“Tao gives birth to one,
One gives birth to two,
Two gives birth to three,
Three gives birth to ten thousand beings.
Ten thousand beings carry yin on their backs
and embrace yang in their front,
Blending these two vital breaths to attain harmony.”
– Tao Te Ching, Chap. 42
A number of years ago I was in a bookstore browsing art books as usual and I was skimming a book talking about the ‘business of art’. In the book, the author said that if you find something you like to paint and you also find it sells, then you ought to paint more of that thing. For instance, the author said, if you paint cats and people like those cats you paint and buy those cat paintings, then paint more cats! (This was the late-90s, by the way, and the internet had yet to be taken over by felines.) At the time, I thought that sounded a whole lot like selling out. Why would I want to paint the same thing over and over and over again? BOOOOORING.
I remember once I even tried to make a few ‘similar’ paintings because an idea had proven popular. My interest fizzled almost immediately though due to the fact that the subsequent images had no heart. They weren’t birthed from an inner drive or a need to create something or reflective of some sort of personal process or vision. They just… were boring.
Over the years, though, I’ve come back to that idea a few times: that, as an artist, you find something you like to paint and you stick with it. It’s just a question of what that ‘thing’ is.
You see, I think all artists ultimately paint the same thing over and over. It takes different forms, different modes, different colors and shapes – but it always comes back to an idea – a way of seeing – past, present, future combined – a way of feeling all of that and a way of speaking – of saying something. Of course, we can say anything really but hopefully: it adds something to the chorus. Ideally, it’s a voice that helps to foster openness, happiness, health…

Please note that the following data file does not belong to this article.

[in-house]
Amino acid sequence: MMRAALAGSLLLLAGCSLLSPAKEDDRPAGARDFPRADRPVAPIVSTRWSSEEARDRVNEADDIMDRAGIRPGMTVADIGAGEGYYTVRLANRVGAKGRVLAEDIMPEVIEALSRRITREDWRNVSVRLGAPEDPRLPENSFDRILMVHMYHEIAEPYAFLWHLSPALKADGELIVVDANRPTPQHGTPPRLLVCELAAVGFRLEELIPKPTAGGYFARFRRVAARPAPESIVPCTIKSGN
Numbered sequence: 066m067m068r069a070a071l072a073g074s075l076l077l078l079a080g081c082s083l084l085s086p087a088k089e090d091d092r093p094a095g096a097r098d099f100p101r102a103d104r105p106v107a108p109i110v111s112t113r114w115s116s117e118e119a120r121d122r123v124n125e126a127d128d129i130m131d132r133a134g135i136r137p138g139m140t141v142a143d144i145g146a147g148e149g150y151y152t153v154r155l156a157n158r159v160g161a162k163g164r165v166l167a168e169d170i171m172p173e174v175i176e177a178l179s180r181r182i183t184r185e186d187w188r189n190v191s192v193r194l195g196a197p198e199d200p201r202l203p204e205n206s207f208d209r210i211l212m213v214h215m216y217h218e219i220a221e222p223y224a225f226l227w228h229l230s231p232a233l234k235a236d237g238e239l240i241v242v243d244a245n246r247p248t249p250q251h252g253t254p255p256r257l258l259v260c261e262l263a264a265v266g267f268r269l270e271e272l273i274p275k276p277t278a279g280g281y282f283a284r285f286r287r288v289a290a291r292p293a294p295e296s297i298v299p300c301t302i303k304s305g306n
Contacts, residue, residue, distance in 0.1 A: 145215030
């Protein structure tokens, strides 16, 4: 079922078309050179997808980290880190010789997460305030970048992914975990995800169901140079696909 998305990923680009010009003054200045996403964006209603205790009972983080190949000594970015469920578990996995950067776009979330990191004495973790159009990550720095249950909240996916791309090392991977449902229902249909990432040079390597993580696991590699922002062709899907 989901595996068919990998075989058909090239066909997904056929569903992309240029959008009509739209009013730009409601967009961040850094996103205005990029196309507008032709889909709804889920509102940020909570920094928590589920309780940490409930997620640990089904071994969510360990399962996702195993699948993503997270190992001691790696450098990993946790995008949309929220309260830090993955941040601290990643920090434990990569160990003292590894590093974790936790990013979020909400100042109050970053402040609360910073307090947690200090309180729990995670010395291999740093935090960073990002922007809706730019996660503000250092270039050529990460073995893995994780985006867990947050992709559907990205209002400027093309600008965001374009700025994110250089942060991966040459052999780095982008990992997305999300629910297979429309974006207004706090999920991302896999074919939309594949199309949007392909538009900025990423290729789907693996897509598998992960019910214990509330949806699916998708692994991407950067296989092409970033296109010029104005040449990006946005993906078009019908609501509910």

And so back to the what we paint… I found that each painting I paint comes back to this thing – this divine thing and it’s this place where there’s no going to or coming away from – and it’s that which is the core of all my artwork. So I will be the first to admit: I paint the same thing over and over and over again – another facet of the same jewel. Over and over and over again. This facet or this facet or this facet becomes illuminated and I can see all the shadows, the edges, all the light and it becomes a voice, a stylistic choice, a color palette, a vision, a way of seeing the world.
In hindsight, while my youthful desire to say “screw that book and screw painting kittens” dominated at the time… I ended up doing exactly as suggested. Over and over and over. The key of course is finding something worthwhile to paint and making certain that the thread you follow – that creative impulse – that it’s worth following.
Beware of distraction! Doodles and ideas come and go. But cut away the chaff! Keep what’s really nourishing! Follow the part that really feels like something. There’ll always be distractions clamoring for attention – and pretty ideas and shiny things to paint and nifty trippy doodads…. but if they don’t really add up to the final visceral emotional scream or moan or sigh or smile that you are after… then lose it.
And, ultimately, that’s what that guy who wrote that book meant. If kittens are your god, then paint kittens! And paint them really really well. Understand them. Live them. Breathe them. Know them.
But, you know, it’s a matter of how far can you take something. How deep can it go? DOES it go? I mean, if you’ve chosen to be an artist, then making art is something that you are liable to be doing for the rest of your life. So find something rewarding – make something that you really love. See – it’s not that you will be painting the same thing all your life – that’s silly talk! – but it will be the same thread of an idea – another facet of the same vision.
Sure, you’ll change it up. You’ll reinvent it. You’ll use new colors, introduce new ideas, and things will morph and grow. But it still arises from this being we refer to as ‘you’ and you refer to as ‘I’. Your vision might shift – it might deepen, widen, grow. But it’s still you. And you are still making art. And when you look back over your years of work you will see a continuity – a clear progression – a clear voice. If you can cut through the chaff to that voice, that golden note that is all your own in the choir of humanity – then I think you are doing your job properly.
The only necessity – the only worth – is when it sings clearly. Then you are liable to make things of great beauty. And there is nothing wrong with adding more beauty to the world.
And that is a little of what the work is all about.
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